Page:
7. Gender in Emergencies Do’s and Don’ts


  • Target actions based on the gender analysis. Design services to meet the different needs of women, men, boys and girls.
  • Make sure that women, men, boys and girls have equal access to services.
  • Make sure that women, men, boys and girls can participate equally in response activities.
  • Train women and men equally.
  • Use programmes to help prevent SGBV.
  • When you collect, analyse and report on information, break down the data by sex and age.
  • Coordinate actions with all partners.
  • If you can’t get quantitative information in the first hours of a response, record the sex and age of key informants who are providing you with information on the situation, and aim for a broad spread of informants. Other sources could include available programming information, census data, health statistics and household survey data. The result would be a broad snapshot of differences.

Critical indicators Checklist

  • CARE teams are gender balanced and each emergency team has someone focusing on gender.
  • You analyse how the crisis affects women, men, boys and girls differently.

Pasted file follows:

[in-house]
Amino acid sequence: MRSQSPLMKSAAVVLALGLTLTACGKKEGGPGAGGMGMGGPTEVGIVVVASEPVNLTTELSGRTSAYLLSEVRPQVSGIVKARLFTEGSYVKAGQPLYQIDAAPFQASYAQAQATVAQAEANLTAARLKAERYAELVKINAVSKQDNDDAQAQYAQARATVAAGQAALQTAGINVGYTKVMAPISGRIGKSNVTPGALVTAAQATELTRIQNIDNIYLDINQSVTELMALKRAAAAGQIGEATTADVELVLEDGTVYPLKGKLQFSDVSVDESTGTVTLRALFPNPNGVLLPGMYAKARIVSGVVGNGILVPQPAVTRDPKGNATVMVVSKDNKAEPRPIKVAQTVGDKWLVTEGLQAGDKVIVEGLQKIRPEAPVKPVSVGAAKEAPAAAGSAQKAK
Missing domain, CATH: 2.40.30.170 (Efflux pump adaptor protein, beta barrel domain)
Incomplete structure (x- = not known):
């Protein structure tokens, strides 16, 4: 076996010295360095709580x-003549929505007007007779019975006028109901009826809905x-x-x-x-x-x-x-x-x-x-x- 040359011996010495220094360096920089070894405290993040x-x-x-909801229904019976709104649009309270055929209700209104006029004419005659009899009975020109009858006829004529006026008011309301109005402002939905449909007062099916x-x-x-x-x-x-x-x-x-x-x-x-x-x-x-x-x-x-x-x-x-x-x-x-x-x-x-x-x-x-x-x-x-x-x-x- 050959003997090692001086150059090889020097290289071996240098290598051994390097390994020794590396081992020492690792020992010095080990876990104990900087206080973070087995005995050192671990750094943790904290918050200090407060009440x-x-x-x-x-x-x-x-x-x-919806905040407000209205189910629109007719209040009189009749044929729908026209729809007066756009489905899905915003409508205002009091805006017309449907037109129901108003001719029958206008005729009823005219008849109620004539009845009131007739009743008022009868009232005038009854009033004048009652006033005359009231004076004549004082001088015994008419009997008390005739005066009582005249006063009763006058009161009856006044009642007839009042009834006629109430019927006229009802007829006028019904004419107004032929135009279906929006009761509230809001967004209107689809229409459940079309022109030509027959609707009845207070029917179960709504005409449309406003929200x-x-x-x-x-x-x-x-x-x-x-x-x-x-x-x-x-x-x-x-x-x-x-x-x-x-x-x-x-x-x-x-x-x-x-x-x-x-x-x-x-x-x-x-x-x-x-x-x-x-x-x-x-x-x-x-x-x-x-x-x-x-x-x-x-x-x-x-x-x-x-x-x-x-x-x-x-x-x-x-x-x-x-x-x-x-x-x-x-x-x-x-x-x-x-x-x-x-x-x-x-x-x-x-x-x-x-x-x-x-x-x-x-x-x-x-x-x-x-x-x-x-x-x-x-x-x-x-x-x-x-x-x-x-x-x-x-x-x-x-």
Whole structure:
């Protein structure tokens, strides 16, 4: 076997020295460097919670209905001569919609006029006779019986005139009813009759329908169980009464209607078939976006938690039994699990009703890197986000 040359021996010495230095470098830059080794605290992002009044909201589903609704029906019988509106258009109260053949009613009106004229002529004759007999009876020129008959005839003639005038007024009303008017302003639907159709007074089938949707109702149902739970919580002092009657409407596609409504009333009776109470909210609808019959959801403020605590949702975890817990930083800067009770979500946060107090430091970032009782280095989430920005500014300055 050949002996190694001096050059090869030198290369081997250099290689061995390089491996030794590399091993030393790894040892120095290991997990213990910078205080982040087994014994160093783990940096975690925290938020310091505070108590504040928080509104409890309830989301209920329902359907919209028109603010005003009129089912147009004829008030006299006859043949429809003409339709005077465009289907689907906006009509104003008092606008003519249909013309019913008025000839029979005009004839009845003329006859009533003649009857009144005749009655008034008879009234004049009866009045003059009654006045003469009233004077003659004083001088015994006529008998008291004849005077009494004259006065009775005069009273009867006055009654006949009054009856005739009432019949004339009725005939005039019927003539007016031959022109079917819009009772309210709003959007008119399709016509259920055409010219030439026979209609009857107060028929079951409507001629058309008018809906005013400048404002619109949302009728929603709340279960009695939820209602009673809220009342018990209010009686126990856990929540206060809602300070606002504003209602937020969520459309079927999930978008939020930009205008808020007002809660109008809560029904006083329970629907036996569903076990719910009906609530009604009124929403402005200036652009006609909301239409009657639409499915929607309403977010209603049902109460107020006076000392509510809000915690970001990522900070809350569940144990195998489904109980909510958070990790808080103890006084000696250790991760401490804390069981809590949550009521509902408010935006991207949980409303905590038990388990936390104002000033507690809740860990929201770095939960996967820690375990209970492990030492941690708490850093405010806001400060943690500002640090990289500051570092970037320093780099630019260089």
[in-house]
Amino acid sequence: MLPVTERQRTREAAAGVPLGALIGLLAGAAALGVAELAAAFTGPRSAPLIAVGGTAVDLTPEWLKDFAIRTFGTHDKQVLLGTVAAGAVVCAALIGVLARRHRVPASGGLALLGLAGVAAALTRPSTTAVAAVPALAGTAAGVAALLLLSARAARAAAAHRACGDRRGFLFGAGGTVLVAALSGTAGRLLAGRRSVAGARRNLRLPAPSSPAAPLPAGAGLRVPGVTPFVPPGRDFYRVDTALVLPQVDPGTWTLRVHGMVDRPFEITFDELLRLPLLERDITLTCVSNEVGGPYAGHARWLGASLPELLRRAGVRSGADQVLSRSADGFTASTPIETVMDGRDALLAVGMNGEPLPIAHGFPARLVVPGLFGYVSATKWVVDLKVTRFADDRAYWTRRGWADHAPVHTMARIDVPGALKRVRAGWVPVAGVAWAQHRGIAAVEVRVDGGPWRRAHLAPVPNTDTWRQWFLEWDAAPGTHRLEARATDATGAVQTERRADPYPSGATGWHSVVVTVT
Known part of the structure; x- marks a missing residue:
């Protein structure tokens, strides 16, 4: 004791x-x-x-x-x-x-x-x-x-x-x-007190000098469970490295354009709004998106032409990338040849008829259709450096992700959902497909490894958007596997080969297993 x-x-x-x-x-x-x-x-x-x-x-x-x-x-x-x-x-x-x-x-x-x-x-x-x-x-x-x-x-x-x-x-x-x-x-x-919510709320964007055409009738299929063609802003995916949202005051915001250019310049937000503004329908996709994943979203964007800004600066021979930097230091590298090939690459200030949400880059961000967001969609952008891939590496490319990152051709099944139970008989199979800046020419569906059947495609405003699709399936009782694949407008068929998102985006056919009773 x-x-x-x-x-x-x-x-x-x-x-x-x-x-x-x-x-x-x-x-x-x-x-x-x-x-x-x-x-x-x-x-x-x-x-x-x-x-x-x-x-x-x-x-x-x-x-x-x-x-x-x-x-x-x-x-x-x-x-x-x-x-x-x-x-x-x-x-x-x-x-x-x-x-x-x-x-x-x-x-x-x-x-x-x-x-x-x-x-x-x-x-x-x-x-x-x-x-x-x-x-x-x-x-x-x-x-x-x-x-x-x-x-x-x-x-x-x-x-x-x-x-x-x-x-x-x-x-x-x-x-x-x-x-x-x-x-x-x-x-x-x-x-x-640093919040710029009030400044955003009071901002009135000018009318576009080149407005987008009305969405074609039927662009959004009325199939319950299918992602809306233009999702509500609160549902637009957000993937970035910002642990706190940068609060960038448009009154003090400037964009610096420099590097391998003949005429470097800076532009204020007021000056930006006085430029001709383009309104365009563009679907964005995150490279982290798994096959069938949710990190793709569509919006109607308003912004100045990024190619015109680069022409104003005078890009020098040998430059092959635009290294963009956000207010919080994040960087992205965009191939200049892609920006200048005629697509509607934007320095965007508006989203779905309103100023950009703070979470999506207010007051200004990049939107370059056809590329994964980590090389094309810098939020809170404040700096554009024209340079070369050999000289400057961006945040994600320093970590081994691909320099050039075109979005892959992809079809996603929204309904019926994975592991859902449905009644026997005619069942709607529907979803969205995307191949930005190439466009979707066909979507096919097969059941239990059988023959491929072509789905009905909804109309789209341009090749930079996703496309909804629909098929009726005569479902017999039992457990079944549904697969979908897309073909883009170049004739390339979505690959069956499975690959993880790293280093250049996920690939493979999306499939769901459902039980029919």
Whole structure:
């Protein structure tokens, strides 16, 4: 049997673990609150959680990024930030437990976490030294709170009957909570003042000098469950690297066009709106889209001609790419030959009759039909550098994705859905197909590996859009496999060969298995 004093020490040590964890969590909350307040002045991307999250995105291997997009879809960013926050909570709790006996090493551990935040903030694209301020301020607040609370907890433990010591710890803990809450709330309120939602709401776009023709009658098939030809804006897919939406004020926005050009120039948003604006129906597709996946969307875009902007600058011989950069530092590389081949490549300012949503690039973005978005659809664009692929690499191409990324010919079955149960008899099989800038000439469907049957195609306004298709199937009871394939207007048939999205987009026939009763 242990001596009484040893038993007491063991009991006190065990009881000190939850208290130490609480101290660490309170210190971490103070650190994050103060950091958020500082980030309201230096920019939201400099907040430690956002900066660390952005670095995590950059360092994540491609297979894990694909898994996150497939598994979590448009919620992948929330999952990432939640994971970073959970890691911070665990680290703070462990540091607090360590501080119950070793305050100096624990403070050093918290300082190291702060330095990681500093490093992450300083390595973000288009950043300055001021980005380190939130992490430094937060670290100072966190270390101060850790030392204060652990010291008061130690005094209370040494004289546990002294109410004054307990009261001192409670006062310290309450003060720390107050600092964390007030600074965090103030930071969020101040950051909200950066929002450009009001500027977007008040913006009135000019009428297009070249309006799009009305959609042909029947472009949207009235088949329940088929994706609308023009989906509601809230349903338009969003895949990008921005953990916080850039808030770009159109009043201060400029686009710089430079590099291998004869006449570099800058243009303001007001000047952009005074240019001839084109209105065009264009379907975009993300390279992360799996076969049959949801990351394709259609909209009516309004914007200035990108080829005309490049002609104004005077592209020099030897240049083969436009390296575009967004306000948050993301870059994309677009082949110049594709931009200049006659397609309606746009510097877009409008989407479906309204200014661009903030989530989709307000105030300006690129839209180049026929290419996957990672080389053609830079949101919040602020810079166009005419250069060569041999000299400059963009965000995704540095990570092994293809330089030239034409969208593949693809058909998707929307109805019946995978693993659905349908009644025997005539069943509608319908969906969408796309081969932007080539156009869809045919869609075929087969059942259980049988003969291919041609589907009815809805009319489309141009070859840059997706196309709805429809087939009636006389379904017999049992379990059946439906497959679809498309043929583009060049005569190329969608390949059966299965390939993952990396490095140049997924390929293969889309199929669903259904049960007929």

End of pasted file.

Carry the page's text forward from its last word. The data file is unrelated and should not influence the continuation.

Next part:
• You collect data from women, men, boys and girls.
  • The data from women is collected by women.
  • You adapt activities to meet everyone’s specific needs.
  • The data you use to measure effectiveness is broken down by sex and age.
  • You monitor intended and unintended effects of the response on women and men.
  • Women and men participate equally in decision-making.
  • You have a responsive, safe, and equally accessible accountability mechanism in place.
  • Proposals and reports include specific gender plans, goals, indicators and progress.
  • You consider women’s and men’s different needs and capacities in project plans and resources.
  • Staff and partners are accountable to gender equality goals.
  • You work to prevent sexual exploitation and abuse and provide medical, legal and economic support to survivors.
  • You have an SGBV referrals system that integrates SGBV issues into the entire response.



  • Forget that women, men, boys and girls are all at risk of rape and SEA. Men and boys are often victims of SGBV in conflicts.
  • Favour men in livelihood programmes. This could further impoverish women.
  • Fail to consider gender in all sectors of the response—e.g. poor camp design can increase the risks of SGBV, and distribution programmes can create opportunities for SEA.
  • Forget that at the start of your emergency response, the gender analysis will not be perfect, so you may need to adapt your strategy and project design as your analysis improves.